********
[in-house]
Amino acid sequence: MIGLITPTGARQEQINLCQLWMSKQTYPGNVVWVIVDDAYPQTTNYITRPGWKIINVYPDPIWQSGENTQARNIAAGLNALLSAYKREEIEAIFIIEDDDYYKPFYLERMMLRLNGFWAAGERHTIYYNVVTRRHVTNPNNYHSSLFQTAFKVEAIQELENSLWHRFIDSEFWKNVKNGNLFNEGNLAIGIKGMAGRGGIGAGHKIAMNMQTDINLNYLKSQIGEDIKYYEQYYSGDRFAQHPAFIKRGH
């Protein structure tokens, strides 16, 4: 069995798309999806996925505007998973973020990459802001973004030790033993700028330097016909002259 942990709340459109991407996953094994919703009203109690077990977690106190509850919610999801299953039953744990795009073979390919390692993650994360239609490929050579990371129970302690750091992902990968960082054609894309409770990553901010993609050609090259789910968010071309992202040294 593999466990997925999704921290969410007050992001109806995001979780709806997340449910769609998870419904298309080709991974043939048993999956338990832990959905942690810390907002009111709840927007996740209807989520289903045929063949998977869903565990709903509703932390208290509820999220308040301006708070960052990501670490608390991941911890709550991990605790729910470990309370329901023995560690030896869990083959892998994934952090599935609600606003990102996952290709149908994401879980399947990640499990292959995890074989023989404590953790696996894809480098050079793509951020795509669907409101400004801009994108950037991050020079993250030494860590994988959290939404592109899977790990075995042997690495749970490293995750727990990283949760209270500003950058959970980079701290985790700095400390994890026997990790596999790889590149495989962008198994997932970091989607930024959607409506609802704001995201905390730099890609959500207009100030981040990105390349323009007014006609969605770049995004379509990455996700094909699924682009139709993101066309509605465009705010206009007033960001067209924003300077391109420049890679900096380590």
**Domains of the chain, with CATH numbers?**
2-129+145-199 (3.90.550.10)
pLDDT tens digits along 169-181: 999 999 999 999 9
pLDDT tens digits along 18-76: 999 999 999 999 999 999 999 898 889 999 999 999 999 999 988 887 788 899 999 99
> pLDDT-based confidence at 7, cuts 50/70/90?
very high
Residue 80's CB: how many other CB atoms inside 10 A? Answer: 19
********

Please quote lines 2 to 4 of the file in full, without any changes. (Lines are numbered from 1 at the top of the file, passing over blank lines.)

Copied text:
Amino acid sequence: MIGLITPTGARQEQINLCQLWMSKQTYPGNVVWVIVDDAYPQTTNYITRPGWKIINVYPDPIWQSGENTQARNIAAGLNALLSAYKREEIEAIFIIEDDDYYKPFYLERMMLRLNGFWAAGERHTIYYNVVTRRHVTNPNNYHSSLFQTAFKVEAIQELENSLWHRFIDSEFWKNVKNGNLFNEGNLAIGIKGMAGRGGIGAGHKIAMNMQTDINLNYLKSQIGEDIKYYEQYYSGDRFAQHPAFIKRGH
């Protein structure tokens, strides 16, 4: 069995798309999806996925505007998973973020990459802001973004030790033993700028330097016909002259 942990709340459109991407996953094994919703009203109690077990977690106190509850919610999801299953039953744990795009073979390919390692993650994360239609490929050579990371129970302690750091992902990968960082054609894309409770990553901010993609050609090259789910968010071309992202040294 593999466990997925999704921290969410007050992001109806995001979780709806997340449910769609998870419904298309080709991974043939048993999956338990832990959905942690810390907002009111709840927007996740209807989520289903045929063949998977869903565990709903509703932390208290509820999220308040301006708070960052990501670490608390991941911890709550991990605790729910470990309370329901023995560690030896869990083959892998994934952090599935609600606003990102996952290709149908994401879980399947990640499990292959995890074989023989404590953790696996894809480098050079793509951020795509669907409101400004801009994108950037991050020079993250030494860590994988959290939404592109899977790990075995042997690495749970490293995750727990990283949760209270500003950058959970980079701290985790700095400390994890026997990790596999790889590149495989962008198994997932970091989607930024959607409506609802704001995201905390730099890609959500207009100030981040990105390349323009007014006609969605770049995004379509990455996700094909699924682009139709993101066309509605465009705010206009007033960001067209924003300077391109420049890679900096380590």
**Domains of the chain, with CATH numbers?**